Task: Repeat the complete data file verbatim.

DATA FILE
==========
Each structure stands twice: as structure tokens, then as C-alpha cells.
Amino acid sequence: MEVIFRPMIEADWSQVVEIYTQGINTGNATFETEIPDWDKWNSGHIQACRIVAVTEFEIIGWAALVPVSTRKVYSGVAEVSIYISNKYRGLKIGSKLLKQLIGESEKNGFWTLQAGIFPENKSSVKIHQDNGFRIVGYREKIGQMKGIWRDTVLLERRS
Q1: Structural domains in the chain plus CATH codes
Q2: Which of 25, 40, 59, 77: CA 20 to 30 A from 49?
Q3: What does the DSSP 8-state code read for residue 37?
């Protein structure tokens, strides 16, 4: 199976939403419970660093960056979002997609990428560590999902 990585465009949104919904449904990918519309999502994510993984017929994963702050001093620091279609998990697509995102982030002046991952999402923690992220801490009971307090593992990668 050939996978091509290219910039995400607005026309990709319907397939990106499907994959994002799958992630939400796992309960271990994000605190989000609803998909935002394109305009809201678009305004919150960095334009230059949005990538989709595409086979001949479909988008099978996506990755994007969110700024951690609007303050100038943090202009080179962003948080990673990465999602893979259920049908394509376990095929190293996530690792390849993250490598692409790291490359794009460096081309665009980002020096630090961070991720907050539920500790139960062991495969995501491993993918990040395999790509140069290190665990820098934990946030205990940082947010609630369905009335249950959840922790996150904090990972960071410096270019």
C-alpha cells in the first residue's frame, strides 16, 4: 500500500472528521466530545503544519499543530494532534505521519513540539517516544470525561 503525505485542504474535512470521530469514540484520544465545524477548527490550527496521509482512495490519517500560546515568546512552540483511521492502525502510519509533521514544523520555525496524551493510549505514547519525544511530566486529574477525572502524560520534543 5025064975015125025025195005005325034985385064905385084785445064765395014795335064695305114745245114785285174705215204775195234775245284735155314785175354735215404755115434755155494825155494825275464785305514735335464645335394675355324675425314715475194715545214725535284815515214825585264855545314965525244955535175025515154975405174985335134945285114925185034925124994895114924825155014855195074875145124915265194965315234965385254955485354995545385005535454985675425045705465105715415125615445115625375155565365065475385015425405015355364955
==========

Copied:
Each structure stands twice: as structure tokens, then as C-alpha cells.
Amino acid sequence: MEVIFRPMIEADWSQVVEIYTQGINTGNATFETEIPDWDKWNSGHIQACRIVAVTEFEIIGWAALVPVSTRKVYSGVAEVSIYISNKYRGLKIGSKLLKQLIGESEKNGFWTLQAGIFPENKSSVKIHQDNGFRIVGYREKIGQMKGIWRDTVLLERRS
Q1: Structural domains in the chain plus CATH codes
Q2: Which of 25, 40, 59, 77: CA 20 to 30 A from 49?
Q3: What does the DSSP 8-state code read for residue 37?
């Protein structure tokens, strides 16, 4: 199976939403419970660093960056979002997609990428560590999902 990585465009949104919904449904990918519309999502994510993984017929994963702050001093620091279609998990697509995102982030002046991952999402923690992220801490009971307090593992990668 050939996978091509290219910039995400607005026309990709319907397939990106499907994959994002799958992630939400796992309960271990994000605190989000609803998909935002394109305009809201678009305004919150960095334009230059949005990538989709595409086979001949479909988008099978996506990755994007969110700024951690609007303050100038943090202009080179962003948080990673990465999602893979259920049908394509376990095929190293996530690792390849993250490598692409790291490359794009460096081309665009980002020096630090961070991720907050539920500790139960062991495969995501491993993918990040395999790509140069290190665990820098934990946030205990940082947010609630369905009335249950959840922790996150904090990972960071410096270019």
C-alpha cells in the first residue's frame, strides 16, 4: 500500500472528521466530545503544519499543530494532534505521519513540539517516544470525561 503525505485542504474535512470521530469514540484520544465545524477548527490550527496521509482512495490519517500560546515568546512552540483511521492502525502510519509533521514544523520555525496524551493510549505514547519525544511530566486529574477525572502524560520534543 5025064975015125025025195005005325034985385064905385084785445064765395014795335064695305114745245114785285174705215204775195234775245284735155314785175354735215404755115434755155494825155494825275464785305514735335464645335394675355324675425314715475194715545214725535284815515214825585264855545314965525244955535175025515154975405174985335134945285114925185034925124994895114924825155014855195074875145124915265194965315234965385254955485354995545385005535454985675425045705465105715415125615445115625375155565365065475385015425405015355364955